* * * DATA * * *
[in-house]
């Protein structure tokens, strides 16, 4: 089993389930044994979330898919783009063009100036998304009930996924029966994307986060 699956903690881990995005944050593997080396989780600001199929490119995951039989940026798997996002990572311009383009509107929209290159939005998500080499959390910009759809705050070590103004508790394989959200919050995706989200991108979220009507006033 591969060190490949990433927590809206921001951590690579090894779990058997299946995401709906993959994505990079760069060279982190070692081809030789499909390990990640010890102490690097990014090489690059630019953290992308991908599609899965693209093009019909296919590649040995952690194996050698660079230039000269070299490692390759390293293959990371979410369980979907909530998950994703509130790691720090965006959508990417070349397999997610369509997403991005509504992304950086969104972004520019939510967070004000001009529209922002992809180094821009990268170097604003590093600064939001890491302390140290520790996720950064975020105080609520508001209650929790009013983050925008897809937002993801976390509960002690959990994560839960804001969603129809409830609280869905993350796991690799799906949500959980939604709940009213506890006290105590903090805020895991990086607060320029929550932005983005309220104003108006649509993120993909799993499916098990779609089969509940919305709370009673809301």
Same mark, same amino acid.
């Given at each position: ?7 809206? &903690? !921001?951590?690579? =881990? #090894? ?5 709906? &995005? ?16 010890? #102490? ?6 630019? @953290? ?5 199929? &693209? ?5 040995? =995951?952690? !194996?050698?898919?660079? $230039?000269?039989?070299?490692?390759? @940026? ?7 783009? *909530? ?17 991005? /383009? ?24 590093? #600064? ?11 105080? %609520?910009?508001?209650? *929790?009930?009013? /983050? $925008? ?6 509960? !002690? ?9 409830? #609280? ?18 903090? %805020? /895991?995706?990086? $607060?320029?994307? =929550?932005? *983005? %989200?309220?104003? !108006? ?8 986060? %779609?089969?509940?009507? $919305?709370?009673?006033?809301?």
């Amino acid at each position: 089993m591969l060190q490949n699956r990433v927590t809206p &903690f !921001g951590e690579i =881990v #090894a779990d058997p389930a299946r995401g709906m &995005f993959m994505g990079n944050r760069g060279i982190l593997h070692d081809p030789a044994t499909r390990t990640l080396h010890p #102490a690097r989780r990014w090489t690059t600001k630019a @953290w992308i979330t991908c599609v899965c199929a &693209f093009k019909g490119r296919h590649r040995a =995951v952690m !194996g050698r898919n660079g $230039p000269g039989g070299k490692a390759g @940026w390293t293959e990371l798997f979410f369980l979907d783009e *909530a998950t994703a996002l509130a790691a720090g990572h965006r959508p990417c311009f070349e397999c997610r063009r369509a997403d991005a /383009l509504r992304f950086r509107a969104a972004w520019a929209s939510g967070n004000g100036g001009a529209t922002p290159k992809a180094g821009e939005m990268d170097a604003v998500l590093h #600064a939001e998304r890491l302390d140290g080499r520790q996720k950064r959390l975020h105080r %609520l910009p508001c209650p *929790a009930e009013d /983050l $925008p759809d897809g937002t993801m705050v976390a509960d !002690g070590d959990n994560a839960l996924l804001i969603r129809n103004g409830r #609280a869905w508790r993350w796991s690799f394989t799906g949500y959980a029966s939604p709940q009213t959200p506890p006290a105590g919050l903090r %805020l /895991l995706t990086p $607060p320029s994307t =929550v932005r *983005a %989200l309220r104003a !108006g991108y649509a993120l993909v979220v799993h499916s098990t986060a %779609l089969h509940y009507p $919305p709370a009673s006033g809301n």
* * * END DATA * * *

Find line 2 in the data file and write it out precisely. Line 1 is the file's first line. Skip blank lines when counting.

């Protein structure tokens, strides 16, 4: 089993389930044994979330898919783009063009100036998304009930996924029966994307986060 699956903690881990995005944050593997080396989780600001199929490119995951039989940026798997996002990572311009383009509107929209290159939005998500080499959390910009759809705050070590103004508790394989959200919050995706989200991108979220009507006033 591969060190490949990433927590809206921001951590690579090894779990058997299946995401709906993959994505990079760069060279982190070692081809030789499909390990990640010890102490690097990014090489690059630019953290992308991908599609899965693209093009019909296919590649040995952690194996050698660079230039000269070299490692390759390293293959990371979410369980979907909530998950994703509130790691720090965006959508990417070349397999997610369509997403991005509504992304950086969104972004520019939510967070004000001009529209922002992809180094821009990268170097604003590093600064939001890491302390140290520790996720950064975020105080609520508001209650929790009013983050925008897809937002993801976390509960002690959990994560839960804001969603129809409830609280869905993350796991690799799906949500959980939604709940009213506890006290105590903090805020895991990086607060320029929550932005983005309220104003108006649509993120993909799993499916098990779609089969509940919305709370009673809301």